If you’re just about to call it a night at around 10:30 p.m., keep a nice thought for Cameron McKay, who is already well into starting his day.
The team lead of the infrastructure and support services group McKesson Canada – one of the country’s largest health-care companies – is in the thick of a massive company data centre overhaul. His work day officially ends at 7:30 a.m., but during his sleeping hours McKay “is available by Twitter or BlackBerry” should something happen at work.
It’s a temporary schedule until the data centre projects winds down but not an uncommon set-up in the tech industry . Irregular hours, marathon work weeks and caffeine overload has always been more the norm that novelty.
McKay and three other panelists in this week’s Microsoft/Canadian Information Processing Society’s Ignite Your Career Webcast Series on How to Establish and Maintain a Healthy Work/Life Balance shared some of their favouriite strategies for turning in, tuning out and turning off their BlackBerries – temporarily of course.
(Read our coverage of the Ignite Your Career Webcast dealing with IT career boosting moves in a flat economy )
The father of two girls considers himself lucky because he can work from home and walk his kids to the daycare but says work does intrude into personal life and vice versa.
“I need to remind myself to set expectations. For my clients and my loved ones as well,” he said. Early on Blevis makes it clear to clients what he can and cannot do and what are the times that he has to reserve for his family.
Lay down rules
Paul Gossen a tech entrepreneur, career couch and author, says much of an individual’s time management and life-work balance issues can be dealt with by setting up rules and managing expectations. He sees his work habits often ruled by two paradoxes: high level creative results; and low level busy work.
“The two seem correlated. I see an immediate drop off in creative results when I am more engage in low level activity,” he says.
With the proliferation of social networking technology, it is also too easy to get sucked into time-wasting activity. “I just love gadgets, but they break my focus. So I lay down rules on how much time I can spend with them.”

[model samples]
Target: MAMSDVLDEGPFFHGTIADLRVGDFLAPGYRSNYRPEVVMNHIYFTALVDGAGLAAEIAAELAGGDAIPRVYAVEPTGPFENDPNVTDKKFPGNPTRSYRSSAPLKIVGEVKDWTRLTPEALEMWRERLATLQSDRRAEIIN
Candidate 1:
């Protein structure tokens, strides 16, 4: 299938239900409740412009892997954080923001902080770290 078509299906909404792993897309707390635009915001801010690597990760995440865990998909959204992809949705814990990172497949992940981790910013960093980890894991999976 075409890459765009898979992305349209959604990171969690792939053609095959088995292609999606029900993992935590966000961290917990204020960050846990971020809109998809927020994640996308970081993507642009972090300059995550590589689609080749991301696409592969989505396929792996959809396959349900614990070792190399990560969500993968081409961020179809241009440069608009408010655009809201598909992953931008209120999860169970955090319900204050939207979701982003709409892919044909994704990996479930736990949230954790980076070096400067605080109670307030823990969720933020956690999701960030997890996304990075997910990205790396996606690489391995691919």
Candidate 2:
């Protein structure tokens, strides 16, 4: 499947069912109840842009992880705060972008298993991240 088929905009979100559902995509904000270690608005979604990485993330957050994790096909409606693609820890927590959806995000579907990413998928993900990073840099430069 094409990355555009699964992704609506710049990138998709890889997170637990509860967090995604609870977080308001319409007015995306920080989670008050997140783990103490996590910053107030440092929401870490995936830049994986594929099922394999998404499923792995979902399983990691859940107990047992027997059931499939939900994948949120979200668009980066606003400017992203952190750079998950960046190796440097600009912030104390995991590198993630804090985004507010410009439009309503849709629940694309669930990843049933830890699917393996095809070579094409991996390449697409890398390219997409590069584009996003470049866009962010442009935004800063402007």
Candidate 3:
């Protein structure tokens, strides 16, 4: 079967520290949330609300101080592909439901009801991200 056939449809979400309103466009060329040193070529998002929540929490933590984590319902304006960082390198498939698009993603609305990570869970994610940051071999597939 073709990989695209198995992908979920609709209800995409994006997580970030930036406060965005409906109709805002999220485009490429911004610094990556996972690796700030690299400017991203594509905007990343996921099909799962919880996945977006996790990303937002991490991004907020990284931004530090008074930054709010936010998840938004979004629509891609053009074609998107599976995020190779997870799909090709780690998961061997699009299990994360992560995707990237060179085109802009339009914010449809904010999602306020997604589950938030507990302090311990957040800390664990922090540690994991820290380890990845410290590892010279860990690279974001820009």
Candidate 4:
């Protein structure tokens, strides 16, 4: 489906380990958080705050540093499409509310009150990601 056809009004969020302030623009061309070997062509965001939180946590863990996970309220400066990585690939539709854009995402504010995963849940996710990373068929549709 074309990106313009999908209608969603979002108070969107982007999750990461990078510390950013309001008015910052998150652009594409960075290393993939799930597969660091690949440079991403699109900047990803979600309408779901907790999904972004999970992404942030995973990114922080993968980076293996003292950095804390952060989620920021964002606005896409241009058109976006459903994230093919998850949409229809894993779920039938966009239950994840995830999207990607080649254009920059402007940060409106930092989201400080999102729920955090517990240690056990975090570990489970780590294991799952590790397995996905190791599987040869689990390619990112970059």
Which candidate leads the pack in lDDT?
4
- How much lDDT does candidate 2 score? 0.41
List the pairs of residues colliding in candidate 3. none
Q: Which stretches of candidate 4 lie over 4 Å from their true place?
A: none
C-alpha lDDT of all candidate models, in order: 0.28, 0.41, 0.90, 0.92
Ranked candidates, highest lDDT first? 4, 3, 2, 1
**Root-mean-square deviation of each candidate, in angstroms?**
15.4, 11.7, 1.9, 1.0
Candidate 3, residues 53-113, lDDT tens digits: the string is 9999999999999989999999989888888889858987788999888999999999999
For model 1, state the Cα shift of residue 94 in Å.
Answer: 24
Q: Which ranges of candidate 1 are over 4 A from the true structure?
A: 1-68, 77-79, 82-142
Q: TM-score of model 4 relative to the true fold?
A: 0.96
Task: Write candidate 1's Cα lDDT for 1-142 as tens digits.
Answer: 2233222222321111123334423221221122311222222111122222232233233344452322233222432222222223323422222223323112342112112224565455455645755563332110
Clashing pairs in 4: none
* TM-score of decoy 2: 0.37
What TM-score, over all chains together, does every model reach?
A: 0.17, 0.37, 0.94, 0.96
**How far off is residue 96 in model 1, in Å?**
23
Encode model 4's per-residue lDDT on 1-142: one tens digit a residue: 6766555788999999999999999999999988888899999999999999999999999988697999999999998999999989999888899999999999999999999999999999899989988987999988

Forget 9 to 5
For many in the IT industry it’s more about getting the work done and getting it done right rather than punching in at nine and leaving at five, according to McKay, of McKesson.
The hours may be crazy but the smart IT worker can make this system work for him. “Get the job done and get it done well and you don’t need to be tied to the desk for 40 hours,” says McKay.
There are times though when bosses are of the strictly 9-5 school of thought. McKay’s advice: “Just do your work and show them a few small wins. Once they know what you’re capable off they’ll come around.”
Stay connected with loved ones
“The digital lifestyle can be a strain, but BlackBerries, laptops, and e-mails are not just work tools, you can effectively use them to keep in touch with love ones when work keeps you away,” says Mark Male, software developer, entrepreneur and “media guy” for Questionmark Computing Ltd. software development firm.
“You have to accept that that we now live a digital lifestyle. You’re always going to be connected. But you can use these same tools to send photos, share your thoughts or tell your loved one what you’re doing,” he said.
Gossen also advices to make good use of the many online scheduling tools many of which are free or already loaded onto your office desktop of work laptop. “Block off time for your own self, your family and other non work activities.”
Eat right, keep fit and walk Fido
Many IT workers are notorious for sedentary life styles bad eating habits, but even walking can be healthy alternative if you’re unable to set some time for the gym.
“I do a lot of walking. It helps that my girl friend reminds me to do it and comes up with all these new recipes so that I can eat healthy.” says Male.
McKay says a 40 minute squash game twice a week does wonders for keeping his energy level up. A twice-a-week gym routine is dangerously falling behind though, he admits.
Gossen walks his dog for about 15 minutes a day and does Hot Yoga.
Take a break
How often to techies go on vacation and take a break from their BlackBerries? Not very often.
“I’m not the vacation type. I’m a single guy and pretty happy with my laptop and BlackBerry when I’m out on a work trip,” says McKay.
Gossen does a lot of work-related travel as well. “I know it’s important to get a vacation. I’ll sometimes squeeze in two or three days during an out of country trip.”
Blevis does go off with his wife on week-long vacations.
“These are opportunities to get a different perspective on things, get a different view on things and you take that knowledge back with you and you work better.” He still remains connected though and checks on his social networks while away.
Male and his wife favour getaways to remote camping sites. “We take long holidays, but the tech tools go with us.
“But you have to remember to schedule a shut-off time. If you can set a rule that that BlackBerry will remain off for next few hours, then you’ll have a better time.”
Rick Claus, senior IT product advisor for Microsoft Canada and co-host of the Webcast swears by a “smart phone – stupid phone approach.”
“I keep the smart phone on for regular days and carry an ordinary phone good only for calls on the weekends or during breaks,” he said.
Microsoft’s Ingite Your Career series continues next week with How to Become a Great Leader on March 24.